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Korean J Food Sci Anim Resour. 2014;34(3):387-94. doi: 10.5851/kosfa.2014.34.3.387. Epub 2014 Jun 30.

Effect of Duck Feet Gelatin Concentration on Physicochemical, Textural, and Sensory Properties of Duck Meat Jellies.

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Department of Food Science and Biotechnology of Animal Resources, Konkuk University, Seoul 143-701, Korea.


This study was conducted to determine the effect of duck feet gelatin concentration on the physicochemical, textural and sensory properties of duck meat jellies. Duck feet gelatin was prepared with acidic swelling and hot water extraction. In this study, four duck meat jellies were formulated with 3, 4, 5, and 6% duck feet gelatin, respectively. In the preliminary experiment, the increase in duck feet gelatin ranged from 5 to 20%, resulting in a significant (p<0.001) increase in the color score, but a decline in the hardness and dispersibility satisfaction scores. An increase in the added amount of duck feet gelatin contributed to decreased lightness and increased protein content in duck meat jellies. Regarding the textural properties, increase in the added amount of duck feet gelatin highly correlated with the hardness in the center (p<0.01, R (2)=0.91), and edge (p<0.01, R (2)=0.89), of duck meat jellies. Meanwhile, the increase in duck feet gelatin decreased the score for textural satisfaction; duck meat jellies containing 6% duck feet gelatin had a significantly lower textural satisfaction score, than those containing 3% duck feet gelatin (p<0.05). Furthermore, a significant difference in the overall acceptance of duck meat jellies formulated with 5% duck feet gelatin was observed, as compared to those prepared with 3% duck feet gelatin. Therefore, this study suggested that duck feet gelatin is a useful ingredient for manufacturing cold-cut meat products. In consideration of the sensory acceptance, the optimal level of duck feet gelatin in duck meat jellies was determined to be 5%.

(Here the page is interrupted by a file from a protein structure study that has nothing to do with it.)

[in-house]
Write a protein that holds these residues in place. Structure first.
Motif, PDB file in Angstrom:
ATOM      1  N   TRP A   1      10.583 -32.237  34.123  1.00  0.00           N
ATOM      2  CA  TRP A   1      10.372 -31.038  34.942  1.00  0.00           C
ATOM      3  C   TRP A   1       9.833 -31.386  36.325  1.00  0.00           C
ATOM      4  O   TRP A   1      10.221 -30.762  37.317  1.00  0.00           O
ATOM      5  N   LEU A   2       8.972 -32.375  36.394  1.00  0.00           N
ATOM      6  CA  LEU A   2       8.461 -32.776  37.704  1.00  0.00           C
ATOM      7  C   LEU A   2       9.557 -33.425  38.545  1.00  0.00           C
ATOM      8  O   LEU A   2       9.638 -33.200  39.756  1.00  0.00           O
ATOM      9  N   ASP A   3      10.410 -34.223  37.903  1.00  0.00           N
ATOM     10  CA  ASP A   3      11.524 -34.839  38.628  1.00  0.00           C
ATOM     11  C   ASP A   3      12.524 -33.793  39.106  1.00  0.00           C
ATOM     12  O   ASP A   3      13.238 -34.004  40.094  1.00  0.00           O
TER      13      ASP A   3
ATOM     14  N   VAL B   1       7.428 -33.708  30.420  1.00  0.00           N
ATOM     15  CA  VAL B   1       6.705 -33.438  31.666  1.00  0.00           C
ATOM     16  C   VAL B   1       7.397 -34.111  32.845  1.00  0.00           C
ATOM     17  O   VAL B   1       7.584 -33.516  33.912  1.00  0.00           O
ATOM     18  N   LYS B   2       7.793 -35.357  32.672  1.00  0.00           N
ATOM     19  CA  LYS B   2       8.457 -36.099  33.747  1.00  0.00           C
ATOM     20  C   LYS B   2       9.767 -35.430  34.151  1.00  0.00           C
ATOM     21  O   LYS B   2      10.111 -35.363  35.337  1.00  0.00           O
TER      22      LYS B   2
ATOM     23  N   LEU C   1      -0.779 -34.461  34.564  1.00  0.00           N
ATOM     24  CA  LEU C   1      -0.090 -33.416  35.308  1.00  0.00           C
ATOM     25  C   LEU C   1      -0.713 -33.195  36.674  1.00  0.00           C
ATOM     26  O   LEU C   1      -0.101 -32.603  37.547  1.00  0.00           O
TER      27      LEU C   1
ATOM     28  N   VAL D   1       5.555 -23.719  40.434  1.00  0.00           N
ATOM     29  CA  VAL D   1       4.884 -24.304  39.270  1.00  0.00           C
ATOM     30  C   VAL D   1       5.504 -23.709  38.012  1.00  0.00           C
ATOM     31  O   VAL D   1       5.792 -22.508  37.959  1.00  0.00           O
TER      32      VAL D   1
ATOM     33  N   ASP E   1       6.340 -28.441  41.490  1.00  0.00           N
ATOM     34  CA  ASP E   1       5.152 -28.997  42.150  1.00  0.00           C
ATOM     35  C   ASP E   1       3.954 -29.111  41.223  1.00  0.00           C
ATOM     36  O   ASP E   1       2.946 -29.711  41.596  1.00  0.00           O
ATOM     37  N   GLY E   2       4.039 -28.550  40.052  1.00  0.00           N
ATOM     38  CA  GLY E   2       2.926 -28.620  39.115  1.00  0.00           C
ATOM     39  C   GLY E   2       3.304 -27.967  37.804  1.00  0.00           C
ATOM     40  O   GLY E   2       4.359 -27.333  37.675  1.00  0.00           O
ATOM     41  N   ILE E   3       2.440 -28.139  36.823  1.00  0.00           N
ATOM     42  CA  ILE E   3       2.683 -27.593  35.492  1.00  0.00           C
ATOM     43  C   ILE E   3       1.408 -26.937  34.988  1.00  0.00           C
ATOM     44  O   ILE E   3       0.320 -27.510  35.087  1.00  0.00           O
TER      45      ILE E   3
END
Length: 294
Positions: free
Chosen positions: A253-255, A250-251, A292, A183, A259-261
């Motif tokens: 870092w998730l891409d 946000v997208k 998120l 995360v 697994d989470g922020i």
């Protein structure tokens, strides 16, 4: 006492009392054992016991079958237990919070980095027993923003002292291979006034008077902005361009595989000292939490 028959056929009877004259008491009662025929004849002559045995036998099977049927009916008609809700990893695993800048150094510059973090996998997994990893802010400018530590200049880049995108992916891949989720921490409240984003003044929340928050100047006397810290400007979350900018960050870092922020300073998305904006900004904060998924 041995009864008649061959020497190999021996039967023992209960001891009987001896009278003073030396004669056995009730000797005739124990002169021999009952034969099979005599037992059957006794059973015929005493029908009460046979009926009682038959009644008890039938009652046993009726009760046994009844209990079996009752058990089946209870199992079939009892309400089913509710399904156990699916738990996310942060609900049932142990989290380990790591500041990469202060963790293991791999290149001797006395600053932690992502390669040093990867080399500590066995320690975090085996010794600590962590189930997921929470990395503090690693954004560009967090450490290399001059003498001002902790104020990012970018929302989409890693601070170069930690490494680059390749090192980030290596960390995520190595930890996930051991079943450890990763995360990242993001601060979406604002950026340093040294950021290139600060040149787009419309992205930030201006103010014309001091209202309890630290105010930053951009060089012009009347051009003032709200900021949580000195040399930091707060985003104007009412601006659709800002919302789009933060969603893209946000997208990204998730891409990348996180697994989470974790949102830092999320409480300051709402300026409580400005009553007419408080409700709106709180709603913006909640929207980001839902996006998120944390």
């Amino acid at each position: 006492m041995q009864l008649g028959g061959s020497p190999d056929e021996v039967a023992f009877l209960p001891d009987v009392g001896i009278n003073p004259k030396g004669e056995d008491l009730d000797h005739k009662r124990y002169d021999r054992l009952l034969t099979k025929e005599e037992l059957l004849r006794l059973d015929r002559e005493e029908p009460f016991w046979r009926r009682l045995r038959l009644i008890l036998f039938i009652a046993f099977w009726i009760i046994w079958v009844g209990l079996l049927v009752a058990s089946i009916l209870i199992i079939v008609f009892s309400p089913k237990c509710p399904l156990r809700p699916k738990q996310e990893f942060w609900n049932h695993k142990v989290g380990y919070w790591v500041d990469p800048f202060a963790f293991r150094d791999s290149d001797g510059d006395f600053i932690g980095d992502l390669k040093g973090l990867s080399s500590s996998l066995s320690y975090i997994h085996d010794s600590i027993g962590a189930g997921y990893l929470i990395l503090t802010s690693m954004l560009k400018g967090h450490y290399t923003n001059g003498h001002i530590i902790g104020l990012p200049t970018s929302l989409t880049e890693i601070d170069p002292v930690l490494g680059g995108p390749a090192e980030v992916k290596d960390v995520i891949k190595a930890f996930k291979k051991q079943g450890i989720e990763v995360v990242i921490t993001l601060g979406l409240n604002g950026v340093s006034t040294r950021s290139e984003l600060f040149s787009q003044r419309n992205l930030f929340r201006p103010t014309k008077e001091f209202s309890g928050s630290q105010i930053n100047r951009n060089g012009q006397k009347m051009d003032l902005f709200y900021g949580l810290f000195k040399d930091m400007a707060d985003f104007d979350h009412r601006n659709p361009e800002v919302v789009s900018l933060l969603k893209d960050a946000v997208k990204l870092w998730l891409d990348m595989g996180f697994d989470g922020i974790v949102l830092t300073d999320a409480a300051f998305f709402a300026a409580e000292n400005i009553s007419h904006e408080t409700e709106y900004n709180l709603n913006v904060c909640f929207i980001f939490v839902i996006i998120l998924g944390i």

cold-cut meat product; duck feet gelatin; meat jelly; restructured meat product

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